Tuesday, August 30, 2005

Bangor-bound and ill-prepared

I’m off to Bangor at an ungodly hour to set up for a job fair. This is part of my semi-regular part time gig to help pay some bills and aid me in getting my independent publishing venture off the ground. I’m not in a great frame of mind, primarily because of the lack of support that I’m receiving from my so-called boss.

Granted, I’m a contract employee. While this company pays a decent hourly wage, covers my driving expenses and provides other incidentals, my new 20-something overseer is not impressing me at all. With her London design school pedigree, you would think she’d understand that our trade show materials sucks! Our table top display was ragged at best when I did our last trade event. Apparently, little miss prissy must have broken it during her previous set up, as she was the last person who had the materials. When I met her last evening, in order to receive her handoff, she was late, rude and provided me with little or no directive as to why I had so few materials for today’s event. I don’t understand what it is about recent college graduates? Are our colleges so dumbed-down that they aren’t preparing graduates for the real world? Does my boss not understand at trade fairs, more is always better?

Personally, based on my previous track record, I can see that a clash of cultures looms on the horizon. I may be a contract employee, but I believe in doing an honest day’s work. I also would appreciate having some type of support, particularly if this person is being paid to provide it. I never was a believer in generation gaps, but now that I’m 40-something, I can really appreciate the reservations that the older set usually has about young people.

I could go on about my situation, but I’ll end by saying that if I was doing the event as RiverVision Press, I would have made sure that I had a display that smacked of professionalism. The employer I’m representing is considered a leader in its field. Yet, with the materials I was given and the trade booth I’ve had to piece together, it will tell all in attendance that this company is not a real player, but a poseur.


Anonymous said...

If I were you I would go above Miss Prissy's head. Let her boss know what kind of job she is doing. They won't know unless you tell them. This is just my two cents worth.

Anonymous said...

I agree with Dottie. If Miss Prissy isn't doing her job you need to let her boss know.

Don't let this 20-something get away with a poor work ethic as well as an unprofessional manner. I'm sick of dealing with the 20-somethings of this world.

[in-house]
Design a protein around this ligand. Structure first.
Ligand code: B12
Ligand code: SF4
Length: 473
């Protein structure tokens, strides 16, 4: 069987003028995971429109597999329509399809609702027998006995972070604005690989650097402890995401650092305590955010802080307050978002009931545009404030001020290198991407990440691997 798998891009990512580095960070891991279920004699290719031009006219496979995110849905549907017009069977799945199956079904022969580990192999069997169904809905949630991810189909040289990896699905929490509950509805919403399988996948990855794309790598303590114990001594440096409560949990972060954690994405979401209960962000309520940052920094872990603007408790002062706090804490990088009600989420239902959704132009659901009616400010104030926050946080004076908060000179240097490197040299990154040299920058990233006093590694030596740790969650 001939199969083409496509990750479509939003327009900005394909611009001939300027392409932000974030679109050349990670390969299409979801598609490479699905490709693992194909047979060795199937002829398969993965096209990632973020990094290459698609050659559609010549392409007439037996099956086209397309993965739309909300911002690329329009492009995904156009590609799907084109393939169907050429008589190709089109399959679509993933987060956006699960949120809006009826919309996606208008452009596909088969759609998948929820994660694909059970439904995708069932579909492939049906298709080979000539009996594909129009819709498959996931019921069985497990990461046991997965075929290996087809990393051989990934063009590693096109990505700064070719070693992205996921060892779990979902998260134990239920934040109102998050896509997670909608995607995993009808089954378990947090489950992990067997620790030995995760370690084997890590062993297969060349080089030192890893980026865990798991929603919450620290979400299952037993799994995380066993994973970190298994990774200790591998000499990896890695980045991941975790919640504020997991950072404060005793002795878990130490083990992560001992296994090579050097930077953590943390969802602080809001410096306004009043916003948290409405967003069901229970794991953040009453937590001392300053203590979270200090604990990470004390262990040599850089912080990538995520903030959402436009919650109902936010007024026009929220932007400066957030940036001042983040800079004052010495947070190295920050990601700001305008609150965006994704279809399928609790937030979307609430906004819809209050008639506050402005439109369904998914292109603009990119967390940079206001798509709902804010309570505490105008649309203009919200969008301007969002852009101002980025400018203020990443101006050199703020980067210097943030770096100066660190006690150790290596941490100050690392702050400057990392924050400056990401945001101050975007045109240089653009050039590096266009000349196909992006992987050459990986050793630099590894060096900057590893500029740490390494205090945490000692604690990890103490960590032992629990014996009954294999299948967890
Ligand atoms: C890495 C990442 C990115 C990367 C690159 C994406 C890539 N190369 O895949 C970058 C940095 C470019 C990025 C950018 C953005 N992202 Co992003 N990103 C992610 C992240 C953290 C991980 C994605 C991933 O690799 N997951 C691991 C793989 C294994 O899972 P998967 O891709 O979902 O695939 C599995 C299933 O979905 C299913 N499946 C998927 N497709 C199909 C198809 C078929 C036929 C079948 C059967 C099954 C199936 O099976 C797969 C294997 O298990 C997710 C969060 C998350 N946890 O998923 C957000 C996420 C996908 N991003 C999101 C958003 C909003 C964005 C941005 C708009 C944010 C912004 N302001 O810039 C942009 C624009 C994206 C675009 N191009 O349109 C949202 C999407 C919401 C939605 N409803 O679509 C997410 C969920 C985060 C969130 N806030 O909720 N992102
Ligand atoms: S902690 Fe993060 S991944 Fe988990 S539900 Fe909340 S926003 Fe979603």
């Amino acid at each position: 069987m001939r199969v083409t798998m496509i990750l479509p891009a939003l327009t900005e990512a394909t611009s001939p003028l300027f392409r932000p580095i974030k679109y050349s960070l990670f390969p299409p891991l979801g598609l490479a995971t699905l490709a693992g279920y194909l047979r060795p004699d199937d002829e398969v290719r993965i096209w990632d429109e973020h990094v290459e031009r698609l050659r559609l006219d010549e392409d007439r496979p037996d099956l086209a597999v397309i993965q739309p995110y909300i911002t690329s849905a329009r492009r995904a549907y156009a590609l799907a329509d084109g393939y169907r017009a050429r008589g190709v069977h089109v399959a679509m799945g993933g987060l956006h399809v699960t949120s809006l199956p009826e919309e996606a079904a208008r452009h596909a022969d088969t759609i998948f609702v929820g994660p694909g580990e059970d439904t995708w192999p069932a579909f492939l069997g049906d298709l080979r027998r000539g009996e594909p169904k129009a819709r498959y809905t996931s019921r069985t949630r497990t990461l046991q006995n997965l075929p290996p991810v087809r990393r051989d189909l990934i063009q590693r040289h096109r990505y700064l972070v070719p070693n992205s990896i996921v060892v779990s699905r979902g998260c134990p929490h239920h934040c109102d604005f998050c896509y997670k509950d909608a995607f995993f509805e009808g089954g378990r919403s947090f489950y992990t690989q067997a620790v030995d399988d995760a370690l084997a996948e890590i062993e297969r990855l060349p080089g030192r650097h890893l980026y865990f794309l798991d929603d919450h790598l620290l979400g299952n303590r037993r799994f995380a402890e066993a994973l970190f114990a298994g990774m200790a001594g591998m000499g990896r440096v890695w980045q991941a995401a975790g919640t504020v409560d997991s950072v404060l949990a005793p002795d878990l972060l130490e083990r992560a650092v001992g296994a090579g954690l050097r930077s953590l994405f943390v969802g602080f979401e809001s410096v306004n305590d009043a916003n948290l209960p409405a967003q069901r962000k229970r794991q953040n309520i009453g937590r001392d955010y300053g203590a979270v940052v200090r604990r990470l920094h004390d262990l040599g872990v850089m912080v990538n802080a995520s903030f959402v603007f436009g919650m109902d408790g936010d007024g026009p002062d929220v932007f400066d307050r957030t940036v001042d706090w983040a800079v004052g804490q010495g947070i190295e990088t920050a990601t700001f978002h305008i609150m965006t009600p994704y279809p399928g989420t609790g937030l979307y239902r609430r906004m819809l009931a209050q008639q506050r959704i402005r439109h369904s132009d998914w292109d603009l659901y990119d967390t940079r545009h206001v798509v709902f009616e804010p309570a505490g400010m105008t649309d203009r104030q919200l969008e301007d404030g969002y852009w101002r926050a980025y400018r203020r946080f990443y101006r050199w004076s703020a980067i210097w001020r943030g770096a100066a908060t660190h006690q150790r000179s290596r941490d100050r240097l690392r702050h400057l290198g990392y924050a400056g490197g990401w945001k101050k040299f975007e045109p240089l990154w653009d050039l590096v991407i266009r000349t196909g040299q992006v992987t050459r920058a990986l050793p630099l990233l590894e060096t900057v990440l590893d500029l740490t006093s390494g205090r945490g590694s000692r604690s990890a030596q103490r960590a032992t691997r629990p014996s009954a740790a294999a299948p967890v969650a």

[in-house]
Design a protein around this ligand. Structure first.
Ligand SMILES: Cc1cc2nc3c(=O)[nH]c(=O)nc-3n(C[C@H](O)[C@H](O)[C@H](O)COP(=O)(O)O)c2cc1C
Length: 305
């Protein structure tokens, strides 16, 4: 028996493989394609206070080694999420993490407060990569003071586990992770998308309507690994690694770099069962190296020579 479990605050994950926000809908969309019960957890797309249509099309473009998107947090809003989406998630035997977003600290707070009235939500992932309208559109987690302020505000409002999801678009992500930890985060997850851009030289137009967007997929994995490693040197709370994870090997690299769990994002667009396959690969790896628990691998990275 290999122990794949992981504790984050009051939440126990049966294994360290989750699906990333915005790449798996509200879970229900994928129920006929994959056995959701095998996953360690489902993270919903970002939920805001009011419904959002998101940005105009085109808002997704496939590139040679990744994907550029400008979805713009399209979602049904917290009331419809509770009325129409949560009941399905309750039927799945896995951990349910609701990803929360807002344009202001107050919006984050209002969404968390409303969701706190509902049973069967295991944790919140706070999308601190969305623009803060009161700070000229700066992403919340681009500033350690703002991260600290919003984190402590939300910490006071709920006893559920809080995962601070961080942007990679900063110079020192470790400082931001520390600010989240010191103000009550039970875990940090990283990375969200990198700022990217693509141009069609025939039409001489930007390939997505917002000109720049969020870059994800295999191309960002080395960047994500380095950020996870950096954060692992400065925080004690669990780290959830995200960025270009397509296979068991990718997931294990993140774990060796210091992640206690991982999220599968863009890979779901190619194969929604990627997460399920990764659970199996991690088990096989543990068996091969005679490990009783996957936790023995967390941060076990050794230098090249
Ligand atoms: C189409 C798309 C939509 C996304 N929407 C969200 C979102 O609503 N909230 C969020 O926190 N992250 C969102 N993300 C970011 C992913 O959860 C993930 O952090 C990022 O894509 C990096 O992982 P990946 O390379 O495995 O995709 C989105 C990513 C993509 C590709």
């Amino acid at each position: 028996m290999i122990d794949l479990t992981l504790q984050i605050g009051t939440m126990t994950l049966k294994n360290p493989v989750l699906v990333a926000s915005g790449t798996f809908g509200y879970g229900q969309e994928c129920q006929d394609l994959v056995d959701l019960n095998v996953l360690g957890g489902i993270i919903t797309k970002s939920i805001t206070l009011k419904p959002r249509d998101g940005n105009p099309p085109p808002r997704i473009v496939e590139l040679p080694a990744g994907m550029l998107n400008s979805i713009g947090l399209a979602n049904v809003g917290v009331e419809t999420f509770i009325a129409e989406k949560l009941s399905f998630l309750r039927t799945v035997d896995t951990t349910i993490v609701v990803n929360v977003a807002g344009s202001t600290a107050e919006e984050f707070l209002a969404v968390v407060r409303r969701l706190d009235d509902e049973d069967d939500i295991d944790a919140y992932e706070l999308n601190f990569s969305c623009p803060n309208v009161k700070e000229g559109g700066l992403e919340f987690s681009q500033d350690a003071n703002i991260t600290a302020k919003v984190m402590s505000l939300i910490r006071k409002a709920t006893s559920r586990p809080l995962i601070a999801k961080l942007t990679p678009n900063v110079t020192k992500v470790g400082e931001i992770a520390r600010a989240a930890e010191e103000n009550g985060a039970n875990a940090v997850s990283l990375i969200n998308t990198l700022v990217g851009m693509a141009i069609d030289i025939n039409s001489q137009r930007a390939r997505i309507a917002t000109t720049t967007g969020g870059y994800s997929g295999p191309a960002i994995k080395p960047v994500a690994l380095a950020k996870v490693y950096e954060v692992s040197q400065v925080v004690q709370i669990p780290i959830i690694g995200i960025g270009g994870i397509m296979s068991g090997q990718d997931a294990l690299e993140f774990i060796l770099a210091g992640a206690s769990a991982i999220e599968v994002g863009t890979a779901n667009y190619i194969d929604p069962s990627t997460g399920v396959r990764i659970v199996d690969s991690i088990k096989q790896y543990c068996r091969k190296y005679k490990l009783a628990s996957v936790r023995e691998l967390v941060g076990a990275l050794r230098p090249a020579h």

Jim said...

I understand your reasoning on this, however, here's my dilemna.

The entire marketing dept. is a "romper room", staffed by a crew of 20-something "skaters".

I could go to the big Kahuna at the top, but being that he is ten years older than me and has a penchant for hiring nubile young girls for his marketing positions tells me that he's more interested in "eye candy" than real marketing.

Am I reading this wrong? Based on some of my past experiences in similar situations, I don't know how effective going over their heads might be.

We'll have to see. In the interim, I'll continue to work my magic at these events.

weasel said...

Jim- trust your gut. Sometimes work places don't want to be reformed or effective; other factors are more important to the layabouts/incompetents etc. And its not just a thing that "the youth of today' carries around: my 75 year old deli owning pal in Bar Harbor is more interested in not becoming his martinet dad than in running a business that makes money.

I suggest taking a deep breath, changing what you can on your own initative, looking at your paycheck while looking for a different job, and renting the BBC's "The Office' to see how bad things could be.

I imagine if things were different you would give me the same advice.

Jim said...


Wise advice. I also didn't mean to paint with so wide a brush; not every young person is cursed with a slacker ethic, any more than the more seasoned among us have the corner on hard work and ambition.

Since this is a p/t gig, I'm not going to let it get me worked up any longer. I'll treat it for what it is--some supplementary income and focus my energies on marketing WTHT and getting the next book on the track for release.